This segment of the video (there’s more detail at the NYT site) follows the moments after the kadyrovsty had released her, and shows them forcing her to dance in the street in her degraded and abused state.  The camera is both distant and uncomfortably persistent - but importantly, unlike most of the clips in the early stories we were covering, it is filming in public space, for public humiliation.  It’s a scene that seems somehow emblematic of ancient hierarchies and punishments - the public shaming by men of a woman for alleged adultery, but also a religious marker, with the "thumb-thick" crucifix on her forehead painted in the green of Islam.  The video did not receive as wide a circulation outside traditional human rights circles as others above have, and fell perhaps a little into the shadows until the murder earlier this year of human rights defender Natalia Estemirova - who was, among many things, instrumental in bringing this story to light, as the NYT’s C J Chivers acknowledged.  Is the reason that the video didn’t receive more sustained international focus that it’s just one among a huge number of human rights violations - assassinations, censorship, disappearances, mass graves - in Chechnya?  Or is it more that the humiliating abuse seems to come almost from a pre human rights era, like tarring and feathering, or a scarlet letter?  Another video, purporting to be of public witch-burnings in Kenya, surfaced on Wikileaks many months ago, and similarly gained only limited attention, despite the graphic content.  Do events that are already public somehow circulate less readily?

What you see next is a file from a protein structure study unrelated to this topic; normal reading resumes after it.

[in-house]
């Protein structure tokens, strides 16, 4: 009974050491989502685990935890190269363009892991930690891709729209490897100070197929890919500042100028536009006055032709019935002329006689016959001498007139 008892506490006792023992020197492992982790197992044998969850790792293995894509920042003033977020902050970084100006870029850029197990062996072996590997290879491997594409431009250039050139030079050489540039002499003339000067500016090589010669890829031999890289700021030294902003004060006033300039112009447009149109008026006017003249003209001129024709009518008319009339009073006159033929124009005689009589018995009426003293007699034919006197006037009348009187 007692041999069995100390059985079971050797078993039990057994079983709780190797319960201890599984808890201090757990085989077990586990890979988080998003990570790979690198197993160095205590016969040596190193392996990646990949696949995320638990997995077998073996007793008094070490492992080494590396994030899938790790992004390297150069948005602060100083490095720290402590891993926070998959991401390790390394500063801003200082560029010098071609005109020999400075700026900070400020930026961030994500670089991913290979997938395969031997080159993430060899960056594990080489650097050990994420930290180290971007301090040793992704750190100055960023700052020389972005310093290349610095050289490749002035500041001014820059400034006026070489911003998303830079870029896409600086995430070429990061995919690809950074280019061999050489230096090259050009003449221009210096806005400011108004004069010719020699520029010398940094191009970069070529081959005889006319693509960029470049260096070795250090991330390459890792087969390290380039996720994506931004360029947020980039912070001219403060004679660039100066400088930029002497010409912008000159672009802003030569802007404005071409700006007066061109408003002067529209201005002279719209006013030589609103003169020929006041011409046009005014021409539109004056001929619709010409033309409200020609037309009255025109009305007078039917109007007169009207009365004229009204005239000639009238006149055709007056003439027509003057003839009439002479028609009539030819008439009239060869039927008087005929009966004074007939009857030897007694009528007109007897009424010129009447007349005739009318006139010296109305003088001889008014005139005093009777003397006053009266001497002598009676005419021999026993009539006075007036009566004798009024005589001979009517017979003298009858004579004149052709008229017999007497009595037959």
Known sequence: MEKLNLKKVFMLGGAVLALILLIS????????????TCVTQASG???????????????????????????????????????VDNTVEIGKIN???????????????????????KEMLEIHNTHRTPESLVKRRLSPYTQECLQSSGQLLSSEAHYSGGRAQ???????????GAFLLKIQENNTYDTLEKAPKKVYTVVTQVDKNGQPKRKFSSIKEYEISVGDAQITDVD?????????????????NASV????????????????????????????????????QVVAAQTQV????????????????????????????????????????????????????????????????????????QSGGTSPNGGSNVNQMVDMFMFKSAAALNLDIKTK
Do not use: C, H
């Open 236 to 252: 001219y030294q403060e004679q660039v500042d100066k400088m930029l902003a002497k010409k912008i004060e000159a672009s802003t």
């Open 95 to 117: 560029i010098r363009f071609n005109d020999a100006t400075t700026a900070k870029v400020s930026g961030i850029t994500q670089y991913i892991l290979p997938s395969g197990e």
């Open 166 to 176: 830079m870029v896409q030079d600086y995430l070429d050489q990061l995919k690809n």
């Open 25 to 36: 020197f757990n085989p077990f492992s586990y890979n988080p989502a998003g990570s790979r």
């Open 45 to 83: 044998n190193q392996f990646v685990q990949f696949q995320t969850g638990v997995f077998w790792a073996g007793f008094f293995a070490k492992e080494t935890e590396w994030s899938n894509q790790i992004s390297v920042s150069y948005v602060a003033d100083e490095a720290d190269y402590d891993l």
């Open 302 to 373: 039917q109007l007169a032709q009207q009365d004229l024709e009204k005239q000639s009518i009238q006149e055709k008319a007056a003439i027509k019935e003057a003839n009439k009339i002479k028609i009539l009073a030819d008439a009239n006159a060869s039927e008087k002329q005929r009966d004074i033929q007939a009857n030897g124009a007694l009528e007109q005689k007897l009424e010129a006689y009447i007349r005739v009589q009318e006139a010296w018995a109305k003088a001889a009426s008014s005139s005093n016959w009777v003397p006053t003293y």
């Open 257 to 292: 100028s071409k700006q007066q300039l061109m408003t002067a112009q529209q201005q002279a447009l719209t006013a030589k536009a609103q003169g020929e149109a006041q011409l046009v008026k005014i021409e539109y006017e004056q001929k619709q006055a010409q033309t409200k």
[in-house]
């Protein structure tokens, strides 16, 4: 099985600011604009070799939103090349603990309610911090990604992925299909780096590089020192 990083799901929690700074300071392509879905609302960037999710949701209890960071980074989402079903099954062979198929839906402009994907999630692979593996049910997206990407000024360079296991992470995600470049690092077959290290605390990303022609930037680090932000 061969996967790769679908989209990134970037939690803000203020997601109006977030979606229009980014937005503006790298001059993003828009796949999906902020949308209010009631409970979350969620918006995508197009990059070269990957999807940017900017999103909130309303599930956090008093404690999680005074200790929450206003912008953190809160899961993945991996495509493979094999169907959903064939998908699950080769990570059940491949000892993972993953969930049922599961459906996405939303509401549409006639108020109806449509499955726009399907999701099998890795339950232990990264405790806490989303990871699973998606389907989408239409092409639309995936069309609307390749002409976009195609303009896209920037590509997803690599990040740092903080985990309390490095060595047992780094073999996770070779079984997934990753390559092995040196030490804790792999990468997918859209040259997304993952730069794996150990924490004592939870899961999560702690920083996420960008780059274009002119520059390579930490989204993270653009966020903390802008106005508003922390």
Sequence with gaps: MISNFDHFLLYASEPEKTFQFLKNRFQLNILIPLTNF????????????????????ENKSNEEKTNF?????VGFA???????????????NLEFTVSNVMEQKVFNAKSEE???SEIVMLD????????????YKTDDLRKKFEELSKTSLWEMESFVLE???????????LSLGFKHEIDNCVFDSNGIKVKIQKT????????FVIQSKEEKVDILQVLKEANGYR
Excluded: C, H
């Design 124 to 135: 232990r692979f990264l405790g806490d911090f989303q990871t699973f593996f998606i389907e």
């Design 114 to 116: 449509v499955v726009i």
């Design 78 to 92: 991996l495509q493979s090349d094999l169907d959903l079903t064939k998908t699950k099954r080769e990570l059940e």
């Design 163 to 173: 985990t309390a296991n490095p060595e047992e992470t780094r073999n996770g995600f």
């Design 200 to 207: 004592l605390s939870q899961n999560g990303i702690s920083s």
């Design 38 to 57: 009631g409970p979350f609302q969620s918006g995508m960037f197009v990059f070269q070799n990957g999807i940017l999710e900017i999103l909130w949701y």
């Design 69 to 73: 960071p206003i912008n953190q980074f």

At WITNESS we’re working to understand the mechanisms and dynamics by which this kind of video emerges and circulates, as human rights values clash with other values, and as privacy is contiuously renegotiated.  We are also working to help shape ethical norms that are relevant to the newer modes of networked audio-visual communication to ensure that when video of this kind does emerge, it both inspires the advocacy and action that is necessary to end the abuses shown, and is shown in a context that places a primacy on the dignity and security of the persons depicted.  How this plays out under an anthropological lens is something that we’re deeply interested in, and we welcome your thoughts…

Comments

Sarah Van Deusen Phillips's picture

video & frames of reference